The birth of the Sunrise Movement started with a small grant, a lot of Monster Energy drinks and a little help from the Sierra Club.
Now it's the most talked-about environmental group in Washington.
Whether it can turn the buzz surrounding it into actual change will depend on how much its young leaders have learned from the fizzled Occupy Wall Street movement — and the degree to which the country is ready to embrace its ambitious vision of a wholesale transformation of U.S. society.
Co-founder Evan Weber, 26, thinks that it is.
"We are seeing a lot of hope from our generation in a way that makes me believe we can actually do something really big," he said.
More than that though is Weber's belief in the way the Sunrise Movement is trying to convince Congress to undertake a massive program to fight global warming — in the same way that former President Franklin D. Roosevelt used the New Deal to combat the Great Depression.
"We think to win on climate change we have to be part of a broader movement to [rewrite] what government should be for," he said.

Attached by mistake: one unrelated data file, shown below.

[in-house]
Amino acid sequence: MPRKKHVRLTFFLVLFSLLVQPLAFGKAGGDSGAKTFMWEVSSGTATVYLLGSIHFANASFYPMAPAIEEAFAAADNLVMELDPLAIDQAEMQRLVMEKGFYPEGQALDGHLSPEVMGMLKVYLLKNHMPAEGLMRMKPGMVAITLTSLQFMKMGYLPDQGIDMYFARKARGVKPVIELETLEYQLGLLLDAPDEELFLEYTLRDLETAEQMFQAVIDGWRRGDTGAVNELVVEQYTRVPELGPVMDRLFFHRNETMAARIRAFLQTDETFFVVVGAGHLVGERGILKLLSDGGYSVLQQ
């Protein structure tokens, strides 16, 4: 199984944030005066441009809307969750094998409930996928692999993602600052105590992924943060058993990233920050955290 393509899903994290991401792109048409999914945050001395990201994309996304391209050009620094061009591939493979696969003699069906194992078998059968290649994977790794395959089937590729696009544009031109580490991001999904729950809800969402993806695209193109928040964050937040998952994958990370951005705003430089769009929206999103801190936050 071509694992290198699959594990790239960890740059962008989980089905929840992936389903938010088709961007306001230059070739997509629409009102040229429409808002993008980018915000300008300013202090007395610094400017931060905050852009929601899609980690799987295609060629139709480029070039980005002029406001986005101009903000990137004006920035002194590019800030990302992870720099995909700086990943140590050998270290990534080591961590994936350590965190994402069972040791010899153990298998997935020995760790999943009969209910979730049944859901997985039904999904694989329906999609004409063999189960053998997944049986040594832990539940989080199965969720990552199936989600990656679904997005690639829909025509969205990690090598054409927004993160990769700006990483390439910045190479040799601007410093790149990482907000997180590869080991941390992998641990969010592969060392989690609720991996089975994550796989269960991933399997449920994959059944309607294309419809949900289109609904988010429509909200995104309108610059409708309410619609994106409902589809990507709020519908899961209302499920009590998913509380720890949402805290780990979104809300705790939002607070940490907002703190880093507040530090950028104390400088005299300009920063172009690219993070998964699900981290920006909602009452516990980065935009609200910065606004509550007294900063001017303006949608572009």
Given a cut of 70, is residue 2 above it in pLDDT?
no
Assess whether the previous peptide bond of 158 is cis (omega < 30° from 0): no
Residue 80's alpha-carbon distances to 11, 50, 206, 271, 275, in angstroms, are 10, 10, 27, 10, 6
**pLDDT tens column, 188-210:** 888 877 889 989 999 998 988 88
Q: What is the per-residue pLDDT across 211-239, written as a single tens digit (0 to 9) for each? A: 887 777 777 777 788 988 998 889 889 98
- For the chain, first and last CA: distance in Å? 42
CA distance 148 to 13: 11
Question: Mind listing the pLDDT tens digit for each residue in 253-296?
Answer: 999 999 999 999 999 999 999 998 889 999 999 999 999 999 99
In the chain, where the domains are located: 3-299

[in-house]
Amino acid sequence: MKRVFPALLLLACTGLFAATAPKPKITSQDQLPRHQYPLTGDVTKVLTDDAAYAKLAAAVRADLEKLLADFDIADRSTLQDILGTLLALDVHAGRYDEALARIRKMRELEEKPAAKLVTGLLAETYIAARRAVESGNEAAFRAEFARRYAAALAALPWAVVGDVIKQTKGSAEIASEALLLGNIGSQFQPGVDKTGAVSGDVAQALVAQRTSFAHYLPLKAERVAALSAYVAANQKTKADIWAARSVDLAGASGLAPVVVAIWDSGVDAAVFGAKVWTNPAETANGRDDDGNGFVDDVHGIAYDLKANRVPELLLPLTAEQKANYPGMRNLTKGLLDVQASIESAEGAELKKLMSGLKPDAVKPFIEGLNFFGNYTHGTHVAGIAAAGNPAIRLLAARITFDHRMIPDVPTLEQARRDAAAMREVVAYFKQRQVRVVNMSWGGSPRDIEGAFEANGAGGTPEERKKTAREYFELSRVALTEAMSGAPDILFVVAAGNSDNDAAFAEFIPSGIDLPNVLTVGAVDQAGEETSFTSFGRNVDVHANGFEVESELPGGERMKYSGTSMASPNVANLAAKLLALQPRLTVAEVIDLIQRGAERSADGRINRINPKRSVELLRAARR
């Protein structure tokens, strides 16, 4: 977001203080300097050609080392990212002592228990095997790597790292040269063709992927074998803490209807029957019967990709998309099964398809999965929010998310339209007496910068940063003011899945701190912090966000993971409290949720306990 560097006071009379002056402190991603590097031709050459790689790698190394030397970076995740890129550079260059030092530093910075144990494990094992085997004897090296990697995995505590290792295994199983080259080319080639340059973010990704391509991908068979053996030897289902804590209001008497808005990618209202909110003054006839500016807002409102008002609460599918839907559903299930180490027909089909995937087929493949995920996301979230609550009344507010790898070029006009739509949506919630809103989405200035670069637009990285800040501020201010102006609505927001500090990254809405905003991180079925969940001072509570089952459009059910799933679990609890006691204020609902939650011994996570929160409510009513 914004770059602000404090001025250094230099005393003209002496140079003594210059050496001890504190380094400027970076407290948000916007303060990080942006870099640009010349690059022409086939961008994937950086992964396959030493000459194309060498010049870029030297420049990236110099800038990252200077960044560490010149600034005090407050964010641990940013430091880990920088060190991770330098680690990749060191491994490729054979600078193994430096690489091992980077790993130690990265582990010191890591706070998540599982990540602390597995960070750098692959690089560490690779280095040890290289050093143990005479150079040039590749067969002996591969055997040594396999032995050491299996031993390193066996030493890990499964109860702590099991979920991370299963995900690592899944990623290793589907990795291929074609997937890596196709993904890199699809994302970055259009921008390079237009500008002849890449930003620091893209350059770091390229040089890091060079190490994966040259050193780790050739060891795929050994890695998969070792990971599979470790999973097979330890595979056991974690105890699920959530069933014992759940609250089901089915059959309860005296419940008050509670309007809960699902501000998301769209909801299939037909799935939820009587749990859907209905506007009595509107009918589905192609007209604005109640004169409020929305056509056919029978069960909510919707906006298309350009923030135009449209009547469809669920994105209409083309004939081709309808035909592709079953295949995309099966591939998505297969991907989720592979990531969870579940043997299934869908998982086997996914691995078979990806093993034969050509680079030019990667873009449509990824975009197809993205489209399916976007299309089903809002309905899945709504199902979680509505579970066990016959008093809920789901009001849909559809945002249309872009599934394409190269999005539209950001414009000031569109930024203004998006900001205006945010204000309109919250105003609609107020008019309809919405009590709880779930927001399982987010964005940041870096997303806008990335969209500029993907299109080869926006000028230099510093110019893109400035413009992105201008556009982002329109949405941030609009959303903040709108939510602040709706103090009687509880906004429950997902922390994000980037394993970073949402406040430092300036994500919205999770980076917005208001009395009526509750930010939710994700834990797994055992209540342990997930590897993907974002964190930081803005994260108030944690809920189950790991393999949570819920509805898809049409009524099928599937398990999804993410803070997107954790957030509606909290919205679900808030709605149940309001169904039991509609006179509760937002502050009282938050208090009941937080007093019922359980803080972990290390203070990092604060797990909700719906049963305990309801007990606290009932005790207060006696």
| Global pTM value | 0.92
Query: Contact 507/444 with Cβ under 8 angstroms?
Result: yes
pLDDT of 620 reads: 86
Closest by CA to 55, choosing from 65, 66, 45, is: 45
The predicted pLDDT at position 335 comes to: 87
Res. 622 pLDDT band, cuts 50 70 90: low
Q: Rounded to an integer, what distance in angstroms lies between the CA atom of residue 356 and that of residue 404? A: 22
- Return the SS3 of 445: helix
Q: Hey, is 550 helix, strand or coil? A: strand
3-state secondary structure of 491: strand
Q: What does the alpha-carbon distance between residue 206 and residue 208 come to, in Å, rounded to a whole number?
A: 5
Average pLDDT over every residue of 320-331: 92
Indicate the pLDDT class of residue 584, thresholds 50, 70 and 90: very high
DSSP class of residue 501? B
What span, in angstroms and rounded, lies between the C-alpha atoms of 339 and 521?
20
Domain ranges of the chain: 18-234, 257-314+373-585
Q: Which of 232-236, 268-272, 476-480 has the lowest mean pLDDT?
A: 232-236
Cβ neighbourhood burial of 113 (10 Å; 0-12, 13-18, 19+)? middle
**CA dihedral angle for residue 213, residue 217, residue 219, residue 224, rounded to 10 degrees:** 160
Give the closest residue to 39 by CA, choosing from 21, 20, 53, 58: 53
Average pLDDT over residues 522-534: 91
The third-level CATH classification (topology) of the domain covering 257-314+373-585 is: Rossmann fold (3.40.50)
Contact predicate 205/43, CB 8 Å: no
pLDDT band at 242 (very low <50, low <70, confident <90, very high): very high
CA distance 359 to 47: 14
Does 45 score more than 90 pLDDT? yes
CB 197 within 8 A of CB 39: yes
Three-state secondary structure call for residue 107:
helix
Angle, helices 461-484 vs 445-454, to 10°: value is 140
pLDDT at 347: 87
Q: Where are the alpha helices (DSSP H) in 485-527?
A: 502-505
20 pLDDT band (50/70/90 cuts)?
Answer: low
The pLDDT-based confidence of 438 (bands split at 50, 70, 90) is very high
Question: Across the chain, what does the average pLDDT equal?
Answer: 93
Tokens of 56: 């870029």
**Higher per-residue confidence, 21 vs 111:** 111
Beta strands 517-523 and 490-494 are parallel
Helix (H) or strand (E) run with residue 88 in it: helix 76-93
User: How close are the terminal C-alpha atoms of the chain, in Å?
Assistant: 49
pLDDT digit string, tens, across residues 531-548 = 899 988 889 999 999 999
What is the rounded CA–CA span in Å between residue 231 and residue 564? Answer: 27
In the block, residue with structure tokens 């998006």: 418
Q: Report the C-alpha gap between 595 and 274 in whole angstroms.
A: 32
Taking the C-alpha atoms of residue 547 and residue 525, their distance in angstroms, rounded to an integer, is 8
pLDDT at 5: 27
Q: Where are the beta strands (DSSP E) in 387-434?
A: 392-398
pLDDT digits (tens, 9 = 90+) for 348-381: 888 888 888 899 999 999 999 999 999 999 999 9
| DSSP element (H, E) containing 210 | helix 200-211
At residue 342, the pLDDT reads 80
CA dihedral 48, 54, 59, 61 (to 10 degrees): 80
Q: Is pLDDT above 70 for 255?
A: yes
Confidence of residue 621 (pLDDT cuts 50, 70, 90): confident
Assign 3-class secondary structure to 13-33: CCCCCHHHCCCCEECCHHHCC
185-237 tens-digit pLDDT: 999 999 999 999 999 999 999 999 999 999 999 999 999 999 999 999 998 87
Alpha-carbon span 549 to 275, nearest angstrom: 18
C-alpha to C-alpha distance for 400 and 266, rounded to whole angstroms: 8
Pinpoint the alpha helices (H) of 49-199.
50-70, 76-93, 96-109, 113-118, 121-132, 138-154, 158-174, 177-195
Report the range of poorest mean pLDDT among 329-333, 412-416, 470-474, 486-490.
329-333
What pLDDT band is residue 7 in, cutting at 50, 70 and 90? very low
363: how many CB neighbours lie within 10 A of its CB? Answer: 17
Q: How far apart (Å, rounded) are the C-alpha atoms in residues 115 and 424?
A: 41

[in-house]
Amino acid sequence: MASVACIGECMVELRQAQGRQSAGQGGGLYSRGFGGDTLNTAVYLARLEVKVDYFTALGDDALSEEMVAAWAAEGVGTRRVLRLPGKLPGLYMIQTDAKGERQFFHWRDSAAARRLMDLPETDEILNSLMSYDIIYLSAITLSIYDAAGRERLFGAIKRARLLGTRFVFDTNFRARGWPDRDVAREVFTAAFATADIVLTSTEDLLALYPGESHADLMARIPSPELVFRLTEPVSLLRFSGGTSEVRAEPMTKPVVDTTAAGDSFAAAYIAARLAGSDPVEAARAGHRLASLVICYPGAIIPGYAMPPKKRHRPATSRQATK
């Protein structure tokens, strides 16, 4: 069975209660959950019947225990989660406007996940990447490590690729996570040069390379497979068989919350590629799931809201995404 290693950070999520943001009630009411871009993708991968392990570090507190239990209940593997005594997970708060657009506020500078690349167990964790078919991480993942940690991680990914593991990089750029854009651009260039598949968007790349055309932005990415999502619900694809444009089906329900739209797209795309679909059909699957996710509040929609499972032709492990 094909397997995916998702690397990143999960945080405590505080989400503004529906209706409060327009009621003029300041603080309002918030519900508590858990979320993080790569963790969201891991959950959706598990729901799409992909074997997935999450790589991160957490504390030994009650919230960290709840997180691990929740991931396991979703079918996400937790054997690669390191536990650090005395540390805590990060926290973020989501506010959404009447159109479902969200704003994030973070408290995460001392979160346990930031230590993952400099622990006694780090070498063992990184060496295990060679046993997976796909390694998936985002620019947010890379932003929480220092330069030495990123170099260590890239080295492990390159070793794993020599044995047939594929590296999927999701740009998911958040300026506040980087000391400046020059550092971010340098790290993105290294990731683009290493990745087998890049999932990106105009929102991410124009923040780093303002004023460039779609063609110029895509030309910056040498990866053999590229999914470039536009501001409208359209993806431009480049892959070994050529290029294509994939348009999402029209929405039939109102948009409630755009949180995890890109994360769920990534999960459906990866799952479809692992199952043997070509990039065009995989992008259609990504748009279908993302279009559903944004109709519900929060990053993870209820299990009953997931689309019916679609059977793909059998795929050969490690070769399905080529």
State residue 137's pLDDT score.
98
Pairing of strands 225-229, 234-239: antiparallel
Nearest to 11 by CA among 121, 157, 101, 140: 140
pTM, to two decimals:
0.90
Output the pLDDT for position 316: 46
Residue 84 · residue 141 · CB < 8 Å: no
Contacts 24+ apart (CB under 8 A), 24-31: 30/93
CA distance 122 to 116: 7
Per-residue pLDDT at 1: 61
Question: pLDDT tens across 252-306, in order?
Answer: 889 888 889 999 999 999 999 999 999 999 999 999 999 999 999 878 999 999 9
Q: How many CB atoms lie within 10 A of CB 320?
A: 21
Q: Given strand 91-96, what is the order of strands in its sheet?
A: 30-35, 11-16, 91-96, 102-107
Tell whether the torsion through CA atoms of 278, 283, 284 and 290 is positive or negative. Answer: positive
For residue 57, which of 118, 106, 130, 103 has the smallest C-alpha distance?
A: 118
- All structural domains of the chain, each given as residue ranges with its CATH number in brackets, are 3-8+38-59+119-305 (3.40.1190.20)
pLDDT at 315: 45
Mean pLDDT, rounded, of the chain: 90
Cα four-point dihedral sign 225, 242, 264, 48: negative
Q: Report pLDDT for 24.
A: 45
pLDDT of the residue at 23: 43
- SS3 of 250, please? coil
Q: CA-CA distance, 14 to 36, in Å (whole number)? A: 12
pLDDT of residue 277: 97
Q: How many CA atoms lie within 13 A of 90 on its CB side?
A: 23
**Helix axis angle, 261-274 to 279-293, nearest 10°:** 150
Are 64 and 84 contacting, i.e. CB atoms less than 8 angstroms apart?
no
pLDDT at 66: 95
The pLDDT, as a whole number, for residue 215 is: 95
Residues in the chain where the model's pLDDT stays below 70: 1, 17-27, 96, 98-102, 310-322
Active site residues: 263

That movement burst into view with a surprise protest Nov. 13 outside the Capitol Hill office of Rep. Nancy Pelosi (D-Calif.), the likely next speaker of the House (Climatewire, Nov. 14).
Dyanna Jaye, 26, Sunrise's campaign director, said the rally — which resulted in the arrest of 51 protesters — was one step in a process that began years ago but is poised for a breakthrough. Another Sunrise Movement protest is planned for Dec. 10 in Washington, and organizers hope to surpass the 200-plus activists who showed up the last time.
"We have a very limited window of time to influence the agenda of the next Congress," Jaye said.